Opinion

The red-shirts and the futility of Malay privilege

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“Those who will not reason, are bigots, those who cannot, are fools, and those who dare not, are slaves.”

- George Gordon Byron

Zikri Kamarulzaman’s piece about a red night with Jamal had perhaps one of the best opening paragraphs I have seen in Malaysiakini reportage in some time. Not only was the article an interesting read about a subject which has truly been flogged but it was noteworthy because it described - unintentionally or not - the desperation within the ultra-Malay ranks and the rather pathetic obscurantism that defines right-wing Malay politics.

That line “a score of red-clad youths lingered like soldier fire ants protecting the colony” is worth the price of subscription but also accurately reflects the Umno caste structure and the underlying feudalistic nature of Malay society. While Jamal Mohd Yunos and his red-shirts may be Umno outsourced thugs, it would be a mistake to dismiss them as an aberration as far as mainstream Malay politics is concerned.

Because there never has been an alternative to the kind of racial politics that Umno offers, and there never has been an alternative ‘Malay’ political power structure for Malays to gravitate to. Mind you, this is not only a Malay problem; the other communities have the same problem.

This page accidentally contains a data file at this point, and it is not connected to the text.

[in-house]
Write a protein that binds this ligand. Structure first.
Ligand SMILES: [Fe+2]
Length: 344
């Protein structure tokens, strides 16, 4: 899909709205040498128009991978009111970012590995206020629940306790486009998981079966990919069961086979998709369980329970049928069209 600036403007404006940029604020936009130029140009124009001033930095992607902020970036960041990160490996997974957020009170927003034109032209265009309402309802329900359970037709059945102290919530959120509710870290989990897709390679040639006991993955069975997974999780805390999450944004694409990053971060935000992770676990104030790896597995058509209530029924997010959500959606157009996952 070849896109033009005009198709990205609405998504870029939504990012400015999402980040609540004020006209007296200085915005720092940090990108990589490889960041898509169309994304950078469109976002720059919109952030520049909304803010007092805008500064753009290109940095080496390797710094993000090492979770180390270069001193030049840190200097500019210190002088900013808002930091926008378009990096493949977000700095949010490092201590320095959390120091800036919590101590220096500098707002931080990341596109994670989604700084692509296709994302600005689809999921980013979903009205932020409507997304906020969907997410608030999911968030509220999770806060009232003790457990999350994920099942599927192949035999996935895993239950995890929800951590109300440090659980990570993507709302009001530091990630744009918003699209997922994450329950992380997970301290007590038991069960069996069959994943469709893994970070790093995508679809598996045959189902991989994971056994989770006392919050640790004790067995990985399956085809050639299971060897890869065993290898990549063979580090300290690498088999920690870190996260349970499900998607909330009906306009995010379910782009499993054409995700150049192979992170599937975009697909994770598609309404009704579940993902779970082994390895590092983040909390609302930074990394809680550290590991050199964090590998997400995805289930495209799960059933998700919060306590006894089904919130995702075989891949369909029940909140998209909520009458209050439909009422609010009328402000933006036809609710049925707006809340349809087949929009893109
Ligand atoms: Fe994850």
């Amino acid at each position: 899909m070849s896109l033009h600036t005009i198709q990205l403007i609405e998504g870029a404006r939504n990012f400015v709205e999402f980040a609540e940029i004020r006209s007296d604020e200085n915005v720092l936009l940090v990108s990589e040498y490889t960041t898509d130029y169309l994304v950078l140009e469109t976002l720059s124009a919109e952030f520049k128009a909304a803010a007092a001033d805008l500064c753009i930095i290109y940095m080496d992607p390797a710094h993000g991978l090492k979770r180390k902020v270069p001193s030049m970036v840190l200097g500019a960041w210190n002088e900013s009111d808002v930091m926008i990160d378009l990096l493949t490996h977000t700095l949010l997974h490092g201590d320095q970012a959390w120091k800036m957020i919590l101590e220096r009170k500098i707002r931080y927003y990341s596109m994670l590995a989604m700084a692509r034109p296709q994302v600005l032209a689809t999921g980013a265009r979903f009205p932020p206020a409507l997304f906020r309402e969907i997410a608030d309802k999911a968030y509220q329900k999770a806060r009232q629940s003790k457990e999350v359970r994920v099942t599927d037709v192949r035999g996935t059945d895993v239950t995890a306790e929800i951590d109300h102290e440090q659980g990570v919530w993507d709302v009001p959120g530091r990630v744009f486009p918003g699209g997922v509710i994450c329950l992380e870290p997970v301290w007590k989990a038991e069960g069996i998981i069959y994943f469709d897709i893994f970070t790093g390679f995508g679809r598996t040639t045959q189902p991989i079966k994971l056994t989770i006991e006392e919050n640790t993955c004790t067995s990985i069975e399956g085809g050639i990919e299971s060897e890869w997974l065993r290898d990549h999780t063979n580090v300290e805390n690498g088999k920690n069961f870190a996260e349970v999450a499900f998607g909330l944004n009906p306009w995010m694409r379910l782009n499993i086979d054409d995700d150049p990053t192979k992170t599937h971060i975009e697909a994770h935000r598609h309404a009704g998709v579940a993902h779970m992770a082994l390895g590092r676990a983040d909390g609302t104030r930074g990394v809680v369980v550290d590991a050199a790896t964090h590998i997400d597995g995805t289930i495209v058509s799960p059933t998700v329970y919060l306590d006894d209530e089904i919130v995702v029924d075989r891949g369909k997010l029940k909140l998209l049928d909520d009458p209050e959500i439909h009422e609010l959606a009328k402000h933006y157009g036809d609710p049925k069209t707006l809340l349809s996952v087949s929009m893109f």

The erosion of support for BN amongst the non-Malay communities has little to do with ideology but rather the excesses of Umno and the erosion of non-Malay ‘rights’ under successive Umno potentates, while the non-Malay components parties looked on while filling their coffers.

This is not to say all is lost in the Malay community. Where the opposition succeeds is when they remind the Malay community that the community is not monolithic. I drew attention to this in one of my numerous articles about former prime minister and current de facto leader of the opposition, Dr Mahathir Mohamad:

“What is lost and what Umno fears are remnants of a Malay polychromatic past, which emblems like flags and literature are slowing resurfacing which reminds the Malay community of their diverse past. How this lost past is slowly being reintroduced into the community and influencing the Malay community is beyond the scope of this piece and perhaps beyond my ability to articulate.

“The Malay community is fractured but merely claiming that Pakatan is duping those Malays in the opposition is the dumbest form of Umno propaganda. Mahathir’s old canards, which perhaps could have galvanised Malay support en masse in the past, are all but over. Signs are evident even to those who practice their dark sorcery in the corridors of Putrajaya that a certain segment of the Malay community is immune to the spells of Umno.”

So while Jamal and his merry red-shirts are the agents provocateurs of Umno, what they say and do is reflective of certain mindset of a disenfranchised community who still think that only Umno can protect them and what they hold true from the other communities.

Those other communities who seem to profit from this land, although they do not have but more importantly, do not need those special rights and privileges which were supposed to elevate the Malay community but instead has left them trailing in the wake of the progress of the non-Malay communities.

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